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Music lessons may boost children’s brain power

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Whether you willingly or begrudgingly took music lessons as a child, a note of thanks to your parents may be in order. Findings published this week in Nature Reviews Neuroscience show music training may prompt neurological connections that prime the brain for other aspects of human communication such as language, memory and speech.

In a data-driven review, Northwestern University researchers analyzed scientific literature from labs around the globe where scientists of varying viewpoints employ a range of research methods. They found that an active engagement with musical sounds enhances neuroplasticity and enables the nervous system to provide the stable scaffolding of meaningful patterns so important to learning. According to a Northwestern University release:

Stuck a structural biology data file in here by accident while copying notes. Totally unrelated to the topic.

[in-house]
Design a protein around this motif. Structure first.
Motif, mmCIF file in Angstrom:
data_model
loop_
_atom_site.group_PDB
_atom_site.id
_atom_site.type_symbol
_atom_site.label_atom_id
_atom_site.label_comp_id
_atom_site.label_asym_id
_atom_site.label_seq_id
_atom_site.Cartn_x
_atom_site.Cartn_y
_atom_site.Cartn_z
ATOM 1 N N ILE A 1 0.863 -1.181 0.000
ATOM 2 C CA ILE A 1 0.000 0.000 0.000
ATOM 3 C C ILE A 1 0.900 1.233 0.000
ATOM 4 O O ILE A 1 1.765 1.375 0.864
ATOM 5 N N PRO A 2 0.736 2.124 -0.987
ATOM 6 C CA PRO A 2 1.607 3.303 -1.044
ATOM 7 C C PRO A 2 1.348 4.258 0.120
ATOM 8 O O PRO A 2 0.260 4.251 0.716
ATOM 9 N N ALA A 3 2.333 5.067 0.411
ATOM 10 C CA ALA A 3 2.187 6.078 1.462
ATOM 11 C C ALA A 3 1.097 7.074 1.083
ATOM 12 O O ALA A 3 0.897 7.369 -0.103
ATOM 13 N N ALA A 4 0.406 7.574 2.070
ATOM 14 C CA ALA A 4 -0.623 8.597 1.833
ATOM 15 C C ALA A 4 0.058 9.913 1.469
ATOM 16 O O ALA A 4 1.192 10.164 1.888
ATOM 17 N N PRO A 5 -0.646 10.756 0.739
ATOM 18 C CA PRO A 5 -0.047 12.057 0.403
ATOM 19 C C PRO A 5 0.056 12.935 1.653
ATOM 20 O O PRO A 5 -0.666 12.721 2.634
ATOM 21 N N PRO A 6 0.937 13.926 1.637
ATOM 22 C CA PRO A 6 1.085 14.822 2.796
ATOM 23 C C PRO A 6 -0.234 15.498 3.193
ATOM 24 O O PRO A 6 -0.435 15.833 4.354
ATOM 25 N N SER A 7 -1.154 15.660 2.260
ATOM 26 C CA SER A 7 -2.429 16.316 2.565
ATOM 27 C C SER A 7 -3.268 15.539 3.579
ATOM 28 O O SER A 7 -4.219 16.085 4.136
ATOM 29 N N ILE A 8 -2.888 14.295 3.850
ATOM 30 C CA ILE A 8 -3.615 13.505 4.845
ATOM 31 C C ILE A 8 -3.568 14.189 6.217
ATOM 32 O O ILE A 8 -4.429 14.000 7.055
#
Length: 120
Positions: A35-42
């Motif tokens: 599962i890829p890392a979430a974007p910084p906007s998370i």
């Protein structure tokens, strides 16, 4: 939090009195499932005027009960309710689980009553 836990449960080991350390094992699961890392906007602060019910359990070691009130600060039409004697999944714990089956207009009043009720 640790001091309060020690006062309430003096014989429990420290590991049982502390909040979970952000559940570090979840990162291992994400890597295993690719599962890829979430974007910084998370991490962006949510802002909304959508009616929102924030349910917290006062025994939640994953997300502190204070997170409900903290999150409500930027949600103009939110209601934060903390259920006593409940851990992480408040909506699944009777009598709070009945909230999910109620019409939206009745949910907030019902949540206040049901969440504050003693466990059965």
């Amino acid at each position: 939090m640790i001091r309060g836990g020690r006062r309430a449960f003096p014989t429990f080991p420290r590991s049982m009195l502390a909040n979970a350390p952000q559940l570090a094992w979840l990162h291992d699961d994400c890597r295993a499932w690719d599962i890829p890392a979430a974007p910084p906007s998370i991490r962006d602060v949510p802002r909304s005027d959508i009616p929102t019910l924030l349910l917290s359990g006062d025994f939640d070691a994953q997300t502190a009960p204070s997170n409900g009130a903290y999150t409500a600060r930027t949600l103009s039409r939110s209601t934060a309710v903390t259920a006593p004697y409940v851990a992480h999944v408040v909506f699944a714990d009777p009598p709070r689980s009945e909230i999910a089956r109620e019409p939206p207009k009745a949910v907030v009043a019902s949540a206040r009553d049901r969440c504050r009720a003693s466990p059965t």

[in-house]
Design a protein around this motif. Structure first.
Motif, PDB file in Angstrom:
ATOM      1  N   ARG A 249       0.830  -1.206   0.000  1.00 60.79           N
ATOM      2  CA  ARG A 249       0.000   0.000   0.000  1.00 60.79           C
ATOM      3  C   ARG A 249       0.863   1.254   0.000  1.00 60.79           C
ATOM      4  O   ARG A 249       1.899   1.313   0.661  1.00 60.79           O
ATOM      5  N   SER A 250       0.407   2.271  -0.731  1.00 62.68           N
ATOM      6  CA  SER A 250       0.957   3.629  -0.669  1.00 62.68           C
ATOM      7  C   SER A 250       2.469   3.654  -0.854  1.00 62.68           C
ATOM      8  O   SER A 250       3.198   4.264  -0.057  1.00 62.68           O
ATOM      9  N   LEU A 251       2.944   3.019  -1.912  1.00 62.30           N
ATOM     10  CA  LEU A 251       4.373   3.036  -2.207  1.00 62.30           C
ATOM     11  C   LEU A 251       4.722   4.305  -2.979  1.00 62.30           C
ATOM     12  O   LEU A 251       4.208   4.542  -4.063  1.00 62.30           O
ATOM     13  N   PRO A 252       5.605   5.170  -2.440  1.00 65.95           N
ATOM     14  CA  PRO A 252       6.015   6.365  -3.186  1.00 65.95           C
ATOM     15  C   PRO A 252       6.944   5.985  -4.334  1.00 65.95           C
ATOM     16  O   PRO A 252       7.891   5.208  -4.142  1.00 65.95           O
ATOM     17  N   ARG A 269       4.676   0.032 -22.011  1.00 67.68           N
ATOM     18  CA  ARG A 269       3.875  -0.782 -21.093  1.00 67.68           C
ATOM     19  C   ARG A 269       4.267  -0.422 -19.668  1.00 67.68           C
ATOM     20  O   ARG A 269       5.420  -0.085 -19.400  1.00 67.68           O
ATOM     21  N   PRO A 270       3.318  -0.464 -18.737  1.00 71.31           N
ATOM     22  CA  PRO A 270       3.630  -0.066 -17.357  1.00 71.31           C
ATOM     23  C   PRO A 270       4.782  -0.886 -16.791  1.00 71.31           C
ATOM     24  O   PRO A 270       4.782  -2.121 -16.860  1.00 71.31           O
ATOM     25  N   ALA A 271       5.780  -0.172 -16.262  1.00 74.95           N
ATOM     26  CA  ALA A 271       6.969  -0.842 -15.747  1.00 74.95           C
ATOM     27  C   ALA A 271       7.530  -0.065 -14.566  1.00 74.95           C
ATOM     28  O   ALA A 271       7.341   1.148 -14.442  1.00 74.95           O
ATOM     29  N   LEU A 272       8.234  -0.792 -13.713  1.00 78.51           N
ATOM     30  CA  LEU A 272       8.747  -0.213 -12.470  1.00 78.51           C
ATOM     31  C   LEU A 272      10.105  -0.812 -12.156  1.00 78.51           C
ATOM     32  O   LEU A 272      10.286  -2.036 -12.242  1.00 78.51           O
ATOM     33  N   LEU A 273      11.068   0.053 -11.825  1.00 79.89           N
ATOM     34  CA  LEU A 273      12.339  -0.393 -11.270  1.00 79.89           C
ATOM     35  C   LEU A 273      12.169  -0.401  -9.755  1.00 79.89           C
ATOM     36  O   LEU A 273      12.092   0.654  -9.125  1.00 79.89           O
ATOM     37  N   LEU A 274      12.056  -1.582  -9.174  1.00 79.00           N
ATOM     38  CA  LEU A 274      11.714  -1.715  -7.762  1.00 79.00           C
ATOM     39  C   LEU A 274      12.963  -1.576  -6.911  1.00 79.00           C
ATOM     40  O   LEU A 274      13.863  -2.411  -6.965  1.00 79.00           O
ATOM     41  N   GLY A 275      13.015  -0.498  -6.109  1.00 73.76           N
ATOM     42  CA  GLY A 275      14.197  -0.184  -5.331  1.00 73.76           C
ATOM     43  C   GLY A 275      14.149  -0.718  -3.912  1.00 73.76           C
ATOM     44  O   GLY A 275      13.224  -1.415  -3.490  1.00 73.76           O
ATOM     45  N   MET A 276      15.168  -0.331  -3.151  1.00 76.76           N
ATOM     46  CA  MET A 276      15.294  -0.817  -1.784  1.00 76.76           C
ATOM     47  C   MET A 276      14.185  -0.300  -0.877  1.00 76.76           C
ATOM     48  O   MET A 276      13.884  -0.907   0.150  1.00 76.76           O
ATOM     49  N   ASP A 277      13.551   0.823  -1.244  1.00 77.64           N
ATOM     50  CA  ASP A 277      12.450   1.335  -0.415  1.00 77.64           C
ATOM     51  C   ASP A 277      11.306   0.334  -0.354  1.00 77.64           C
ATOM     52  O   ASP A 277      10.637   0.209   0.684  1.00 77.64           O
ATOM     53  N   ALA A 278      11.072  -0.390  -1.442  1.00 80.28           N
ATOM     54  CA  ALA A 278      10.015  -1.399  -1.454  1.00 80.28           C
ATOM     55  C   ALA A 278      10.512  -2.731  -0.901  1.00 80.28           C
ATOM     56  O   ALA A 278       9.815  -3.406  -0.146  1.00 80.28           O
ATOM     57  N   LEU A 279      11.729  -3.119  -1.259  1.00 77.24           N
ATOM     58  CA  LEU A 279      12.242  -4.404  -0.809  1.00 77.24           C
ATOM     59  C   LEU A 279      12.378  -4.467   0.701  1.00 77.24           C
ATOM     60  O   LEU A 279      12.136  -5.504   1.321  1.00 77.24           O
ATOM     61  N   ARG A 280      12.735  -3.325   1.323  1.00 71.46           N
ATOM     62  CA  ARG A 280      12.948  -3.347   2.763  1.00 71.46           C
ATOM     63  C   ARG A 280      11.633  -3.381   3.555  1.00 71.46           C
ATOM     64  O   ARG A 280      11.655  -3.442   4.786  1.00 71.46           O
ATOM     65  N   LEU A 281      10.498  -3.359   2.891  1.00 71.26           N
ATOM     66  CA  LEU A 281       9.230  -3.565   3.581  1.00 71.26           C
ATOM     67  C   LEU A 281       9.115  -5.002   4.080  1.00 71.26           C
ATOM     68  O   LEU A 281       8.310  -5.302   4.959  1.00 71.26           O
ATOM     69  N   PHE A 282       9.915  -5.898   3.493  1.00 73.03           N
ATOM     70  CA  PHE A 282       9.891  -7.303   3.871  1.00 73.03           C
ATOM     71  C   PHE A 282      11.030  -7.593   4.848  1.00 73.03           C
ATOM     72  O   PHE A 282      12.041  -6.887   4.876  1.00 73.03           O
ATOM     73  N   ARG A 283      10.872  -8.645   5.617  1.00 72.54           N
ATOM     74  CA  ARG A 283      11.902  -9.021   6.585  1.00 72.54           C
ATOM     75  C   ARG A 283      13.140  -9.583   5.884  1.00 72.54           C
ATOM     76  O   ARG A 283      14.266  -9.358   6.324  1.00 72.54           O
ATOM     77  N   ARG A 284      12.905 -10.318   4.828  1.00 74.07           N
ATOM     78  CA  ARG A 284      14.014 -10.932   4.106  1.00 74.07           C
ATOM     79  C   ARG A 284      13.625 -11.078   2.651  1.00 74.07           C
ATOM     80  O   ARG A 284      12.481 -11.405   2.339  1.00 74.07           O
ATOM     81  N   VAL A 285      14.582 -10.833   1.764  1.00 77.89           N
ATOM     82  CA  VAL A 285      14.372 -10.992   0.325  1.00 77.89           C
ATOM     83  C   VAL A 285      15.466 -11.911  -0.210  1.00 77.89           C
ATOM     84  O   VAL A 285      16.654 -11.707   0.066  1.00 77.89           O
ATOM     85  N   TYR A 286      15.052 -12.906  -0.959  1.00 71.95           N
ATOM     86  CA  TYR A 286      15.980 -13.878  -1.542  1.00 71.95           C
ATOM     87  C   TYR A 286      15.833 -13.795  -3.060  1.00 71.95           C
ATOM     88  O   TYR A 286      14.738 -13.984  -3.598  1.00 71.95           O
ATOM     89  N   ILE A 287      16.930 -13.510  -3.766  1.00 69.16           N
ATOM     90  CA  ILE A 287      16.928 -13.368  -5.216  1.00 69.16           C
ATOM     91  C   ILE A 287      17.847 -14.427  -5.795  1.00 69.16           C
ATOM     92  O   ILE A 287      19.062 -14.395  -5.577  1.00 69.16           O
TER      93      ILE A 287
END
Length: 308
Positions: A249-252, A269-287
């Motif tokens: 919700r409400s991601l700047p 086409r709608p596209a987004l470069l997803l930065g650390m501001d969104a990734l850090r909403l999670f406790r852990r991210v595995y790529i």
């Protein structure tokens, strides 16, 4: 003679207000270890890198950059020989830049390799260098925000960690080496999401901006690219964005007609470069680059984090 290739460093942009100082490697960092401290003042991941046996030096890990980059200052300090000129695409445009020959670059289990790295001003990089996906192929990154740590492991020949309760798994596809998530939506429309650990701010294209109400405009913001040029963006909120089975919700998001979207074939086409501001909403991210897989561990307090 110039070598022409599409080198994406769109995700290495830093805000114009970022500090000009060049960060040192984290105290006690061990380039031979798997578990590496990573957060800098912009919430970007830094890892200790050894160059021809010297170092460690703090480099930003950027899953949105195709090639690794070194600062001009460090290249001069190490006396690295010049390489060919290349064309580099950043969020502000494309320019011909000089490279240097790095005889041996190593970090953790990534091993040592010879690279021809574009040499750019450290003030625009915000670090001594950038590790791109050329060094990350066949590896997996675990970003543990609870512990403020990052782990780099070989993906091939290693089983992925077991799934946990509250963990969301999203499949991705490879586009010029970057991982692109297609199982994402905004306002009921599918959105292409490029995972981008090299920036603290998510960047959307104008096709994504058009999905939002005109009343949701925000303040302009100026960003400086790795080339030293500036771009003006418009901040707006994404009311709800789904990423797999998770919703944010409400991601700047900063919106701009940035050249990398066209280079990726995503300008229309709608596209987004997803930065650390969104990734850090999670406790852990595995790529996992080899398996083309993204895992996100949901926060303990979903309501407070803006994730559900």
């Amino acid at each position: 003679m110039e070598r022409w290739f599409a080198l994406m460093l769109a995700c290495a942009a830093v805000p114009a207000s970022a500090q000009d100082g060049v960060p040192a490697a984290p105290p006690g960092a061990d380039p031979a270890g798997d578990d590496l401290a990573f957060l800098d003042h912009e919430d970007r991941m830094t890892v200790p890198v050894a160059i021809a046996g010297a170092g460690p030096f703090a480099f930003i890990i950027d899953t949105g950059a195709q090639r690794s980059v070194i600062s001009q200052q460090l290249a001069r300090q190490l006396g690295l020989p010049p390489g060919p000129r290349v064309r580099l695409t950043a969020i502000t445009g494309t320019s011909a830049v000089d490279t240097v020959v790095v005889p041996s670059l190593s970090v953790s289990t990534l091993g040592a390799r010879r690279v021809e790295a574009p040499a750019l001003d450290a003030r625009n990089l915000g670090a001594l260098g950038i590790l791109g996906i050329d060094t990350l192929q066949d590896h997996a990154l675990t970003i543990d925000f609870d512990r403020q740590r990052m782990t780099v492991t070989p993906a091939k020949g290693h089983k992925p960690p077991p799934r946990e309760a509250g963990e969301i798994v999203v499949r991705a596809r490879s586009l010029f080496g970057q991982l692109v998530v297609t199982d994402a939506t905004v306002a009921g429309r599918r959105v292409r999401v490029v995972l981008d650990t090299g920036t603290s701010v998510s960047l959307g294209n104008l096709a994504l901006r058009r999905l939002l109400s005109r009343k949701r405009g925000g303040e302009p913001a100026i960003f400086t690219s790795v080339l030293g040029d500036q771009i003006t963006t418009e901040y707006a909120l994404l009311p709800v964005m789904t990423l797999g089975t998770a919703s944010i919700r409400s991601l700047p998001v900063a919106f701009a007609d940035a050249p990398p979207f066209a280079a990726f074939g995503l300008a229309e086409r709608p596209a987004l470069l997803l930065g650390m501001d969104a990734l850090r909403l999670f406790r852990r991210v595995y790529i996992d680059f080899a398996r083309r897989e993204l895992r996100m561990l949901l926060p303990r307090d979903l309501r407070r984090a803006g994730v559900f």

Musicians are more successful than non-musicians in learning to incorporate sound patterns for a new language into words. Children who are musically trained show stronger neural activation to pitch changes in speech and have a better vocabulary and reading ability than children who did not receive music training.

And musicians trained to hear sounds embedded in a rich network of melodies and harmonies are primed to understand speech in a noisy background. They exhibit both enhanced cognitive and sensory abilities that give them a distinct advantage for processing speech in challenging listening environments compared with non-musicians.

Photo by woodleywonderworks

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